What values do you give to startup founders except the money? How do you work with your portfolio companies?

As we are an early-stage investor, it is very important for us to have a close cooperation with our portfolio companies. I think this is the stage where having the previously mentioned chemistry between the start-up team and the investor really matters. DayOne can help with the professional background and extended network of its Partners and the experience coming from the already managed DayOne family. In addition, start-ups can benefit from our contribution to business development, recruitment and approaching investors for the next round.

What funding options do startup founders have except VCs? Is the funding infrastructure developed in the CEE region? What is missing? What could be improved?

They can receive capital from individual angel investors, incubators, accelerators or via crowdfunding campaigns. All of these types of investors have their own role and contribution. Besides money, angels can share their industrial knowledge with their investee, incubators and accelerators can give access to a basic infrastructure that early ventures need, they can help to educate startuppers, while crowdfunding campaigns can give validation for a product and used as a marketing tool. Day One Capital was founded in order to fill the gap in Hungary: to finance start-ups at seed stage. Now there are several funds targeting the same part of the start-up lifecycle in the country, but I still see this phase a problematic one, not only here, but in the whole region as well. Especially pre-seed financing, which means a real challenge for many talented teams. This is where wealthy and venturesome individuals could come into play. But I think this requires more education focusing on potential investors in this region, who are used to more traditional and probably less risky investment opportunities. Still, we cannot lump these countries together, because while some of them have a lot of public money available, which might even spoil the entrepreneurs, others do not really provide access to any kind of start-up financing. Fortunately, this can be balanced by cross-border investments. Diversity in business is important. Some investors, like DaveMcClure from 500startups, say that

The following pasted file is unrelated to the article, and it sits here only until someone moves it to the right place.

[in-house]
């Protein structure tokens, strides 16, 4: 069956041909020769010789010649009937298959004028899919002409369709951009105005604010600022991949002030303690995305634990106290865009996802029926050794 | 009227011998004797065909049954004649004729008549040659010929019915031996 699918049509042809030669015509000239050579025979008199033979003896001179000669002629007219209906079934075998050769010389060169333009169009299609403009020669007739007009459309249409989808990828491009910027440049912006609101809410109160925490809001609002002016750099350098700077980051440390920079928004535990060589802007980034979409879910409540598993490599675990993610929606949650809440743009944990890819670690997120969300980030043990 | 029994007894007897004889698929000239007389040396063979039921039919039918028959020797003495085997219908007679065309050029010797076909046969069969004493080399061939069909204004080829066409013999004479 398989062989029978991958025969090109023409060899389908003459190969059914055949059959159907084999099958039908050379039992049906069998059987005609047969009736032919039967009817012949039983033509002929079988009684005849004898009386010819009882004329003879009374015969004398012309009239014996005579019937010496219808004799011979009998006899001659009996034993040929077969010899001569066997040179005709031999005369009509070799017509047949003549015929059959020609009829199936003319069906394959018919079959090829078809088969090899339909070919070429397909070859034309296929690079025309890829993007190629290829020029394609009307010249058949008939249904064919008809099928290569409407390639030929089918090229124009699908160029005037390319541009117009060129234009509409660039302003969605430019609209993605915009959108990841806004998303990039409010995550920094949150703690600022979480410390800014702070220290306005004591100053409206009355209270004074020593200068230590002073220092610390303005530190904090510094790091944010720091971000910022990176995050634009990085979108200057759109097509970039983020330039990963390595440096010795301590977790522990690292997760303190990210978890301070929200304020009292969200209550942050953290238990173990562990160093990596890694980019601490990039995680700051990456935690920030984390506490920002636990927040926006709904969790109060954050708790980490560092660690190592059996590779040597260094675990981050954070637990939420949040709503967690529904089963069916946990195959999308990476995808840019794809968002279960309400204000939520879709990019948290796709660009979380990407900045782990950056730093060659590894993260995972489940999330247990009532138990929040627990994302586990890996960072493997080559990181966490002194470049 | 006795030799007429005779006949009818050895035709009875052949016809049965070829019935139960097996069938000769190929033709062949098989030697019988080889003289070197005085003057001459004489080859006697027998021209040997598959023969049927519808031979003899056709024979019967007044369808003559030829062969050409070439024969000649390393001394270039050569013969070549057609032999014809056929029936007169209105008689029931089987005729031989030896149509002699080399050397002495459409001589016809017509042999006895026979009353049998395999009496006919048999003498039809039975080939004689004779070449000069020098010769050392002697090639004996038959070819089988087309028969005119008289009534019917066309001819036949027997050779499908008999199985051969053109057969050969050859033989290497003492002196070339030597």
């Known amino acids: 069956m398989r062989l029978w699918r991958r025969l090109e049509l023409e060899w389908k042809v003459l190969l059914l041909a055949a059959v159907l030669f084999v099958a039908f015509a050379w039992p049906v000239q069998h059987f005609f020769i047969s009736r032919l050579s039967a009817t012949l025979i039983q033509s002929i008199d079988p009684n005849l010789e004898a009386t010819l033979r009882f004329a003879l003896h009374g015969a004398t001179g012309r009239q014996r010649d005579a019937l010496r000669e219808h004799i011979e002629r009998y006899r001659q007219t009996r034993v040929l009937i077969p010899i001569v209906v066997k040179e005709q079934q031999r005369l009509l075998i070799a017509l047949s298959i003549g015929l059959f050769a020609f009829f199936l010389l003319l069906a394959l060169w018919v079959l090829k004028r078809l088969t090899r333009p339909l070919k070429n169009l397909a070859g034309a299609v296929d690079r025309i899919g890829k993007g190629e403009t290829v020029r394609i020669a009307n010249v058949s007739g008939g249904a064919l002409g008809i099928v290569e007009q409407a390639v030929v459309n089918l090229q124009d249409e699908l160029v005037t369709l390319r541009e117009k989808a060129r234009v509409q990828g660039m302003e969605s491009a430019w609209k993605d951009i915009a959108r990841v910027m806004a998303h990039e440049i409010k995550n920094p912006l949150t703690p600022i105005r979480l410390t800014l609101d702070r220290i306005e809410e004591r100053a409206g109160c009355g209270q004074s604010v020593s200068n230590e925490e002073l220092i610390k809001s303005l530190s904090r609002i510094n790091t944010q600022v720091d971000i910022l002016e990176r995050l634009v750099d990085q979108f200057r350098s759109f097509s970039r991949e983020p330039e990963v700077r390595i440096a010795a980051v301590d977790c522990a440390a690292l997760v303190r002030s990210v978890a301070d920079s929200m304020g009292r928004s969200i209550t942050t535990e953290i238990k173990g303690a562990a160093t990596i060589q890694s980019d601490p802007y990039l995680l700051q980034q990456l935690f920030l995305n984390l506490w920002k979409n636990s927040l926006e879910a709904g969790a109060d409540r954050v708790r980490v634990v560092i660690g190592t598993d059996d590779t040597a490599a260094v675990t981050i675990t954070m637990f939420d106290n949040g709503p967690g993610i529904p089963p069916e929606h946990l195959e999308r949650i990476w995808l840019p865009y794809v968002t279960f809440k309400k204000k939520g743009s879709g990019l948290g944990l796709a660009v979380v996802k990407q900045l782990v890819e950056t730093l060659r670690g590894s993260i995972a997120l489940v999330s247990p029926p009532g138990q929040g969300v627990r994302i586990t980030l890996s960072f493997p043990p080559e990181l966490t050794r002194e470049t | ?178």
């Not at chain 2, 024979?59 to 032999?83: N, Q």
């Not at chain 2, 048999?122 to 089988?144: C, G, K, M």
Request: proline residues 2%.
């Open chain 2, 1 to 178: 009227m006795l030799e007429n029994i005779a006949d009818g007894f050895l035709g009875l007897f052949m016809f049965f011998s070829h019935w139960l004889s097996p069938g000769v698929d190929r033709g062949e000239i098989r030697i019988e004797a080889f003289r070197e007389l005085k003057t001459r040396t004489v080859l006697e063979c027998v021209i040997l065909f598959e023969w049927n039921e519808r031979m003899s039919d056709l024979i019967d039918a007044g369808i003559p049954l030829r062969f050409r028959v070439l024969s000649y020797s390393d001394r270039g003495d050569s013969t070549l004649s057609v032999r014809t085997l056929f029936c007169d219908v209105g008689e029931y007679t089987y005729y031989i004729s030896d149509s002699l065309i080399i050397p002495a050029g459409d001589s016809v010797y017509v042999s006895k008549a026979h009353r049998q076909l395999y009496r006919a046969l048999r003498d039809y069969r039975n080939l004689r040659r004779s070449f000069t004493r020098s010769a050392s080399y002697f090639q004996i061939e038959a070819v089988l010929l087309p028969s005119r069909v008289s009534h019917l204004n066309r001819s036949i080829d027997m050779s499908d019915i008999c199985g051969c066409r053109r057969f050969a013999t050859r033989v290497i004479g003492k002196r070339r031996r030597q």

investing in startups with female founders brings him higher profits.

How do you see this? Do you think a special fund, investment syndicate investing in diversified teams only in our region would show higher profits?

I do not know whether there is any correlation between diversity and profit. However, I definitely like the idea to build diverse teams, which can mean more women, people from various countries, cultures or team members of different generations on board. Diversity can bring success to a start-up by integrating several mind-sets, approaches and cultural aspects. But it also requires the team to be able to follow the same goals and operate along identical values despite variety.

I bet that there would be interest in a special fund dedicated to diversity. Moreover, start-ups with social impact can draw a lot of attention. These factors are very trendy, but it is still a question to me whether simply these ingredients themselves can guarantee a Lucullan feast.

With your hands on approach, don’t you regret not having an own startup? Should you find a company, what problem/s would you try to solve?

On the contrary, I really enjoy being in a position where I can get to know a lot of talented people and their world changing ideas, and help some of them on their way with what we have to offer. It is very exciting and inspiring at the same time. I believe that for now, I have found the perfect match between my own motivations and the aims of these start-up teams looking for funding and support. Of course, I have some ideas on my mind, which I might start to work on later on. These are all related to increase the happiness factor in people’s life, which is extremely relevant in the CEE region. But I am not giving away the details in advance.

Pavel Curda
Pavel Curdahttps://cz.linkedin.com/in/pavelcurda
Pavel Curda is an entrepreneur, marketer, storyteller and writer. With experience from various multinational companies, he now helps connect startups and corporates @pavelcurda www.investably.co https://www.linkedin.com/in/pavelcurda/